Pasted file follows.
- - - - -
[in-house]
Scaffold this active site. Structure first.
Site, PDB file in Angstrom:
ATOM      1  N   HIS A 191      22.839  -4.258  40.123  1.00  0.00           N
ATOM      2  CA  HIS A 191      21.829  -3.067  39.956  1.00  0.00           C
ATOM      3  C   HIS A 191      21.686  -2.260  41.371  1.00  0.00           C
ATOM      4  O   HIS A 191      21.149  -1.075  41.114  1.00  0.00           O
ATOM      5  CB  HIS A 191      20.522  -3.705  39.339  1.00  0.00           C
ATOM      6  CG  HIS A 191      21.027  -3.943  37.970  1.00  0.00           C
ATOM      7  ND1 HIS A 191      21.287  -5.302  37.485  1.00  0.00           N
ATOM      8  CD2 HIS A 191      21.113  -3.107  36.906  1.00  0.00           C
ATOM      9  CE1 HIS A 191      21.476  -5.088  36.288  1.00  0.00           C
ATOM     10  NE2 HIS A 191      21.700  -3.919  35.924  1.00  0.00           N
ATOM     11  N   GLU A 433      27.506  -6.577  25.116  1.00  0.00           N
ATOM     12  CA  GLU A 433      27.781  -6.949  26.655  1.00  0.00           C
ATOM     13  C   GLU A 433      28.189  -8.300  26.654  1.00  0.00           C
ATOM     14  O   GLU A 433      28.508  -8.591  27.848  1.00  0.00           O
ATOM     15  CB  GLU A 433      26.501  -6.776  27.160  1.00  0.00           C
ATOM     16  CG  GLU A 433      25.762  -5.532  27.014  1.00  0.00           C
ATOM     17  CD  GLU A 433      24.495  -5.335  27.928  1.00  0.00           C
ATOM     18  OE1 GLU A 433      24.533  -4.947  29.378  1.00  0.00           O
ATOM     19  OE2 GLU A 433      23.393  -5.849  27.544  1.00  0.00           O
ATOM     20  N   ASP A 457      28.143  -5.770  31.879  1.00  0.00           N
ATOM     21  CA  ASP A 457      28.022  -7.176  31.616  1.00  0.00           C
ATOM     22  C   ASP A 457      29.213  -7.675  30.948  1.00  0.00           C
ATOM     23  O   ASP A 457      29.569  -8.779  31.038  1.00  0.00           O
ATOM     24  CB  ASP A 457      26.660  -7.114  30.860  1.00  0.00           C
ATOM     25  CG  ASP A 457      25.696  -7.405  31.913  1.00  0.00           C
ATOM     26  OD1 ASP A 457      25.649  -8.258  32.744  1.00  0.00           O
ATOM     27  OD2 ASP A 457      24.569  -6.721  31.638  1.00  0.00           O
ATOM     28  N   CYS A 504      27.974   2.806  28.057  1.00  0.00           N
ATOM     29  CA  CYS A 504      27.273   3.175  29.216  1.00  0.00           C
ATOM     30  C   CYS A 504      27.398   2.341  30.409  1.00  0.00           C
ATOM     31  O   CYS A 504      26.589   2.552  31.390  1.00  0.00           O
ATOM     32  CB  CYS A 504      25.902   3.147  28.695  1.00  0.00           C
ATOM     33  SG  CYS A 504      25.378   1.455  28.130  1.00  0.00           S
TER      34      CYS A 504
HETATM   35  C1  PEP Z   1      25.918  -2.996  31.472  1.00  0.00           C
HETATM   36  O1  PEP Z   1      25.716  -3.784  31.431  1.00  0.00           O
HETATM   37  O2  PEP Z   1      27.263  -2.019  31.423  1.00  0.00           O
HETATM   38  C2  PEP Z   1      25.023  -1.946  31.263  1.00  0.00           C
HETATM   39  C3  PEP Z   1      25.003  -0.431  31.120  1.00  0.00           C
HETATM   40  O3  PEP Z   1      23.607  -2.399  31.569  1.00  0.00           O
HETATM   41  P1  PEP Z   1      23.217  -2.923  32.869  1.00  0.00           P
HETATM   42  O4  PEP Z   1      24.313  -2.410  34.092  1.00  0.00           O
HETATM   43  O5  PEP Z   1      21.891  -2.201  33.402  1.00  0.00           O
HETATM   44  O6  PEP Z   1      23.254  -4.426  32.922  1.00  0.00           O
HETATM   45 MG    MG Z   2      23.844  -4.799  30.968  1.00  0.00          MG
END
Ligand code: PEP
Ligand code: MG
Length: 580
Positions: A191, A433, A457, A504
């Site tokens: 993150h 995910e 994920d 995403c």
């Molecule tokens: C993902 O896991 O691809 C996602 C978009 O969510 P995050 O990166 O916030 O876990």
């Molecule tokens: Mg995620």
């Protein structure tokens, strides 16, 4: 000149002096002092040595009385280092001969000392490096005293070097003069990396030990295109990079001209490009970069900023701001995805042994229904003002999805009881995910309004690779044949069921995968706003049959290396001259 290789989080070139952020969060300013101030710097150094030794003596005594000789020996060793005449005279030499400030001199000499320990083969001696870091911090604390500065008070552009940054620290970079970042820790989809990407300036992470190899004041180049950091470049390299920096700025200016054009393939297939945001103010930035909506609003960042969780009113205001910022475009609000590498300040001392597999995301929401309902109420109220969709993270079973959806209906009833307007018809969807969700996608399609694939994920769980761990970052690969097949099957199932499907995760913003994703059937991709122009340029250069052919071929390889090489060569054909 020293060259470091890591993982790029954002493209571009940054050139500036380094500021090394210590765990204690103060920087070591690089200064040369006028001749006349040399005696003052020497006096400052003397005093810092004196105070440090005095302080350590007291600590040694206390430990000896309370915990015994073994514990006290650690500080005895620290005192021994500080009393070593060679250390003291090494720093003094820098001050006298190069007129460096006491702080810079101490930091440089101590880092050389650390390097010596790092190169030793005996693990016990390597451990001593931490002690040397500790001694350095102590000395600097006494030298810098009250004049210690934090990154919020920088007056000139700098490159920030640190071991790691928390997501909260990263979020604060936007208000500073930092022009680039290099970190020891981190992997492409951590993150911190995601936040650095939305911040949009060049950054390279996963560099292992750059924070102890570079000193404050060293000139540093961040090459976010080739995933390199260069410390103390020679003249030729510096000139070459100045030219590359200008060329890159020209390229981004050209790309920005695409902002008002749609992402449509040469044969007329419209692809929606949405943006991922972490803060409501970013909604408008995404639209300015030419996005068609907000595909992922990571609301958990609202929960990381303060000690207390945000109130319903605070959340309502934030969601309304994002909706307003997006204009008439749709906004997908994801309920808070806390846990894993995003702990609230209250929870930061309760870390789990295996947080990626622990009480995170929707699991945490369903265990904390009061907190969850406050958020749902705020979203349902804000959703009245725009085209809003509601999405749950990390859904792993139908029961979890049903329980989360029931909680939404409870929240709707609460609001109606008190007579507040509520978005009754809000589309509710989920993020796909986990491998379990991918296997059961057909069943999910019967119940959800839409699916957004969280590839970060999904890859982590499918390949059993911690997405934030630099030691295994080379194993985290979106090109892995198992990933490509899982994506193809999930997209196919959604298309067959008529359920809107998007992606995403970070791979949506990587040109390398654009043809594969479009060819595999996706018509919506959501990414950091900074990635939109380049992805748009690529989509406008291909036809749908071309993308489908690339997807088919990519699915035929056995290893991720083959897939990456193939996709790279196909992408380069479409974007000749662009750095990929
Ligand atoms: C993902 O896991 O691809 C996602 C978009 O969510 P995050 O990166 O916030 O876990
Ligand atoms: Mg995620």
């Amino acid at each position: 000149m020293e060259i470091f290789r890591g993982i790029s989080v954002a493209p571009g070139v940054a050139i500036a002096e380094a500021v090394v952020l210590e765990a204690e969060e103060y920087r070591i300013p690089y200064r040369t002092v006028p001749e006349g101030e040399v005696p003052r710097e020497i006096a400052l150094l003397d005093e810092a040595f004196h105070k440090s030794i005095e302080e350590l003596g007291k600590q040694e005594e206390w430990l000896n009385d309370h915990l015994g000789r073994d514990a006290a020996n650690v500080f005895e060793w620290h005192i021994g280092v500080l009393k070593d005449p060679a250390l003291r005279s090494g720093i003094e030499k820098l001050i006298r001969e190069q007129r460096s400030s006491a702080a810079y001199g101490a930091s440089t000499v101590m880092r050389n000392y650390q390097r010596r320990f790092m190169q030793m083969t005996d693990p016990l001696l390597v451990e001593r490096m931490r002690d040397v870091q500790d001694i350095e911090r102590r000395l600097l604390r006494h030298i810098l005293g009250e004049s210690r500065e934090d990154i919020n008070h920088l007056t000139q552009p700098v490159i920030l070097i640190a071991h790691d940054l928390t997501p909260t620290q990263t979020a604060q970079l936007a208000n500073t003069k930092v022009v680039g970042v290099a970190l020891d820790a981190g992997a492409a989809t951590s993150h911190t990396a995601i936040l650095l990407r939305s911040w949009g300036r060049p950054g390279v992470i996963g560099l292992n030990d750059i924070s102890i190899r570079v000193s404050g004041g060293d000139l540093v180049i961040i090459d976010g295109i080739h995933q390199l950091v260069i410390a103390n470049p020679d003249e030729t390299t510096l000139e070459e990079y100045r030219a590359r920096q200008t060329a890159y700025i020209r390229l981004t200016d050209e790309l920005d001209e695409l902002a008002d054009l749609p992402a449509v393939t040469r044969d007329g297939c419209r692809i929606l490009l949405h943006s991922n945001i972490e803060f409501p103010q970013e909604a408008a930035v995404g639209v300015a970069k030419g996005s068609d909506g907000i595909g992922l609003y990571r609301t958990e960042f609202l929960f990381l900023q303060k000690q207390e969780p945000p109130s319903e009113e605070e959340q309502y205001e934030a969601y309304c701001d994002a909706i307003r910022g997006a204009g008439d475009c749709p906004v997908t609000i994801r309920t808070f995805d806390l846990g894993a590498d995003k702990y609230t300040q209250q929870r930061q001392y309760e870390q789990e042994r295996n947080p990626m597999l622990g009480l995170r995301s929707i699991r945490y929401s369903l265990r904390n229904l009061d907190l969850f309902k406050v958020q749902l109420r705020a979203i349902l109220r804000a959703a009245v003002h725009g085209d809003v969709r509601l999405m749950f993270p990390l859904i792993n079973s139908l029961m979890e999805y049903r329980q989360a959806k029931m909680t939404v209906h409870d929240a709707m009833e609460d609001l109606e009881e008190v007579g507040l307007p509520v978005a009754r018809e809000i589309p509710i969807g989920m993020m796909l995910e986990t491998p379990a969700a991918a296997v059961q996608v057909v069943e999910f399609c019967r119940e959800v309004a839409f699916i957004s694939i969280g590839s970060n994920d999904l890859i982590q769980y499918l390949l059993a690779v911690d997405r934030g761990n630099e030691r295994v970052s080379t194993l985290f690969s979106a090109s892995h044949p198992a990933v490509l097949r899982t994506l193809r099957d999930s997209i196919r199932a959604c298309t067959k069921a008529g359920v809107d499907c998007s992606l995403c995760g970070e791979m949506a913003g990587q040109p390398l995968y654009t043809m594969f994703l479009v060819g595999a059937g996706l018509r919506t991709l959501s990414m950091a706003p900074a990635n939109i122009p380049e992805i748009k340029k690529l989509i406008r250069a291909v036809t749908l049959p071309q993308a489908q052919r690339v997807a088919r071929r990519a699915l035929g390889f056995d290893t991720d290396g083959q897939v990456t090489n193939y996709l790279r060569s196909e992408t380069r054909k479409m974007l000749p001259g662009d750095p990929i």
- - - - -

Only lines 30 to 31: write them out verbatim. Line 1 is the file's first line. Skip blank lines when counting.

ATOM     27  OD2 ASP A 457      24.569  -6.721  31.638  1.00  0.00           O
ATOM     28  N   CYS A 504      27.974   2.806  28.057  1.00  0.00           N